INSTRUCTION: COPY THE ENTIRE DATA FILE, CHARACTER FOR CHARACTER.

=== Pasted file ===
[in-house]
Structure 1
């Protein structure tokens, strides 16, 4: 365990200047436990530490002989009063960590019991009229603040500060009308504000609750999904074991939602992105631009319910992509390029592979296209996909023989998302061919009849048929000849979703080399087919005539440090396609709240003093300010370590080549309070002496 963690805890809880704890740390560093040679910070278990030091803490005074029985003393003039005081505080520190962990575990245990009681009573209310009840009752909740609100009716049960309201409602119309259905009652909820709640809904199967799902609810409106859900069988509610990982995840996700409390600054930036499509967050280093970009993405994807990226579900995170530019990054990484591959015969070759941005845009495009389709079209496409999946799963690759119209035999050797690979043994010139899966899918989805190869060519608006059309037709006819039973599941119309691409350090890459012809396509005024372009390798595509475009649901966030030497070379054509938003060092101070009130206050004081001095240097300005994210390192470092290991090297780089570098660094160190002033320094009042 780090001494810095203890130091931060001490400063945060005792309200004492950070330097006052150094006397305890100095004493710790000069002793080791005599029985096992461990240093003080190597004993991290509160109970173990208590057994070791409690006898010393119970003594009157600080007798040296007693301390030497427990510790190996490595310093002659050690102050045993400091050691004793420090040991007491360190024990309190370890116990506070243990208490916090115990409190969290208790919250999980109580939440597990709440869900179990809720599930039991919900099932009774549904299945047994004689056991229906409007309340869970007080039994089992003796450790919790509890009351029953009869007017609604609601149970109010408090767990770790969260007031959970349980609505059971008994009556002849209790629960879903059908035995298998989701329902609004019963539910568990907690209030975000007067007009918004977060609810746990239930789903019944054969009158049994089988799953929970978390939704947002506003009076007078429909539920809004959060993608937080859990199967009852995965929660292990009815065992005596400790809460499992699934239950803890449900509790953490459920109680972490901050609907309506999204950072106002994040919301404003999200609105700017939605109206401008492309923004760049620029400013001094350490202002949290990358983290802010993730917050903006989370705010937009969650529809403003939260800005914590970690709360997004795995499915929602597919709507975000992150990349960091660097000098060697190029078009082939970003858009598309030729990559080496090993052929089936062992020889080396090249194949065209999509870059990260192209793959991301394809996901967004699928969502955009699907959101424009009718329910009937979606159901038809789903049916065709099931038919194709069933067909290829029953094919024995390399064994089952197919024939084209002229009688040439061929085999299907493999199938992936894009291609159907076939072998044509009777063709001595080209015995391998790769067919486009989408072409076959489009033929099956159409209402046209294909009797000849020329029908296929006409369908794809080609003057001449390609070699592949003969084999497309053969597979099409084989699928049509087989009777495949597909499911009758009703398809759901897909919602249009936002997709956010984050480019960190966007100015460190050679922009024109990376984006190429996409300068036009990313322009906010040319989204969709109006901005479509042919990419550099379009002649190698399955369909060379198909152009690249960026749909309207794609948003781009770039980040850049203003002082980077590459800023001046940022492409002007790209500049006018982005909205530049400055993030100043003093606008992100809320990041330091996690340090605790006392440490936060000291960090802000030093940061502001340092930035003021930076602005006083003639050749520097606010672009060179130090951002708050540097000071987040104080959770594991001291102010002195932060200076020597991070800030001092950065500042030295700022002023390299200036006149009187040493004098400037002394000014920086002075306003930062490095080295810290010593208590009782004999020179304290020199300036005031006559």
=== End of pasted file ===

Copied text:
[in-house]
Structure 1
């Protein structure tokens, strides 16, 4: 365990200047436990530490002989009063960590019991009229603040500060009308504000609750999904074991939602992105631009319910992509390029592979296209996909023989998302061919009849048929000849979703080399087919005539440090396609709240003093300010370590080549309070002496 963690805890809880704890740390560093040679910070278990030091803490005074029985003393003039005081505080520190962990575990245990009681009573209310009840009752909740609100009716049960309201409602119309259905009652909820709640809904199967799902609810409106859900069988509610990982995840996700409390600054930036499509967050280093970009993405994807990226579900995170530019990054990484591959015969070759941005845009495009389709079209496409999946799963690759119209035999050797690979043994010139899966899918989805190869060519608006059309037709006819039973599941119309691409350090890459012809396509005024372009390798595509475009649901966030030497070379054509938003060092101070009130206050004081001095240097300005994210390192470092290991090297780089570098660094160190002033320094009042 780090001494810095203890130091931060001490400063945060005792309200004492950070330097006052150094006397305890100095004493710790000069002793080791005599029985096992461990240093003080190597004993991290509160109970173990208590057994070791409690006898010393119970003594009157600080007798040296007693301390030497427990510790190996490595310093002659050690102050045993400091050691004793420090040991007491360190024990309190370890116990506070243990208490916090115990409190969290208790919250999980109580939440597990709440869900179990809720599930039991919900099932009774549904299945047994004689056991229906409007309340869970007080039994089992003796450790919790509890009351029953009869007017609604609601149970109010408090767990770790969260007031959970349980609505059971008994009556002849209790629960879903059908035995298998989701329902609004019963539910568990907690209030975000007067007009918004977060609810746990239930789903019944054969009158049994089988799953929970978390939704947002506003009076007078429909539920809004959060993608937080859990199967009852995965929660292990009815065992005596400790809460499992699934239950803890449900509790953490459920109680972490901050609907309506999204950072106002994040919301404003999200609105700017939605109206401008492309923004760049620029400013001094350490202002949290990358983290802010993730917050903006989370705010937009969650529809403003939260800005914590970690709360997004795995499915929602597919709507975000992150990349960091660097000098060697190029078009082939970003858009598309030729990559080496090993052929089936062992020889080396090249194949065209999509870059990260192209793959991301394809996901967004699928969502955009699907959101424009009718329910009937979606159901038809789903049916065709099931038919194709069933067909290829029953094919024995390399064994089952197919024939084209002229009688040439061929085999299907493999199938992936894009291609159907076939072998044509009777063709001595080209015995391998790769067919486009989408072409076959489009033929099956159409209402046209294909009797000849020329029908296929006409369908794809080609003057001449390609070699592949003969084999497309053969597979099409084989699928049509087989009777495949597909499911009758009703398809759901897909919602249009936002997709956010984050480019960190966007100015460190050679922009024109990376984006190429996409300068036009990313322009906010040319989204969709109006901005479509042919990419550099379009002649190698399955369909060379198909152009690249960026749909309207794609948003781009770039980040850049203003002082980077590459800023001046940022492409002007790209500049006018982005909205530049400055993030100043003093606008992100809320990041330091996690340090605790006392440490936060000291960090802000030093940061502001340092930035003021930076602005006083003639050749520097606010672009060179130090951002708050540097000071987040104080959770594991001291102010002195932060200076020597991070800030001092950065500042030295700022002023390299200036006149009187040493004098400037002394000014920086002075306003930062490095080295810290010593208590009782004999020179304290020199300036005031006559």